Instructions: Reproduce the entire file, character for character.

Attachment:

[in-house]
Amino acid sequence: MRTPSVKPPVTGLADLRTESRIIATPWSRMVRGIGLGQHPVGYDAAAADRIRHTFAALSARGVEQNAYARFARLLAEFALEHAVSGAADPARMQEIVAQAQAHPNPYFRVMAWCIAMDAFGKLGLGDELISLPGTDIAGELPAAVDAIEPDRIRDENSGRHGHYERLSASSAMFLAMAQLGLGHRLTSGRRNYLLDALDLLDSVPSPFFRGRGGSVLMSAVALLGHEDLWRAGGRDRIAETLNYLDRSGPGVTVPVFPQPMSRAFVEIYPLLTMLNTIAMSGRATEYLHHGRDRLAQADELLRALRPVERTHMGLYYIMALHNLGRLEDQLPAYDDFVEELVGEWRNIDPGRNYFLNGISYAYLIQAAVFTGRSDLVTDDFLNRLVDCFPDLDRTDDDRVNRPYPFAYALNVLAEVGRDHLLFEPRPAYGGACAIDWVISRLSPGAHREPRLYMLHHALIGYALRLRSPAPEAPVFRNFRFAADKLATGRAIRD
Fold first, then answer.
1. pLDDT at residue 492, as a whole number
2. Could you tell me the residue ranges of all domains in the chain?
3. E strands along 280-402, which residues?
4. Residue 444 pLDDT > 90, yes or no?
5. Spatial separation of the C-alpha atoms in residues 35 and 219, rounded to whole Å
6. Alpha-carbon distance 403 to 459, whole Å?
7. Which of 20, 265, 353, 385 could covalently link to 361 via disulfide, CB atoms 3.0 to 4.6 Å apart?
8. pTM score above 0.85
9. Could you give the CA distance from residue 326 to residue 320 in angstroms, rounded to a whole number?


[in-house]
Amino acid sequence: MRTPSVKPPVTGLADLRTESRIIATPWSRMVRGIGLGQHPVGYDAAAADRIRHTFAALSARGVEQNAYARFARLLAEFALEHAVSGAADPARMQEIVAQAQAHPNPYFRVMAWCIAMDAFGKLGLGDELISLPGTDIAGELPAAVDAIEPDRIRDENSGRHGHYERLSASSAMFLAMAQLGLGHRLTSGRRNYLLDALDLLDSVPSPFFRGRGGSVLMSAVALLGHEDLWRAGGRDRIAETLNYLDRSGPGVTVPVFPQPMSRAFVEIYPLLTMLNTIAMSGRATEYLHHGRDRLAQADELLRALRPVERTHMGLYYIMALHNLGRLEDQLPAYDDFVEELVGEWRNIDPGRNYFLNGISYAYLIQAAVFTGRSDLVTDDFLNRLVDCFPDLDRTDDDRVNRPYPFAYALNVLAEVGRDHLLFEPRPAYGGACAIDWVISRLSPGAHREPRLYMLHHALIGYALRLRSPAPEAPVFRNFRFAADKLATGRAIRD
Fold first, then answer.
1. pLDDT at residue 492, as a whole number
2. Could you tell me the residue ranges of all domains in the chain?
3. E strands along 280-402, which residues?
4. Residue 444 pLDDT > 90, yes or no?
5. Spatial separation of the C-alpha atoms in residues 35 and 219, rounded to whole Å
6. Alpha-carbon distance 403 to 459, whole Å?
7. Which of 20, 265, 353, 385 could covalently link to 361 via disulfide, CB atoms 3.0 to 4.6 Å apart?
8. pTM score above 0.85
9. Could you give the CA distance from residue 326 to residue 320 in angstroms, rounded to a whole number?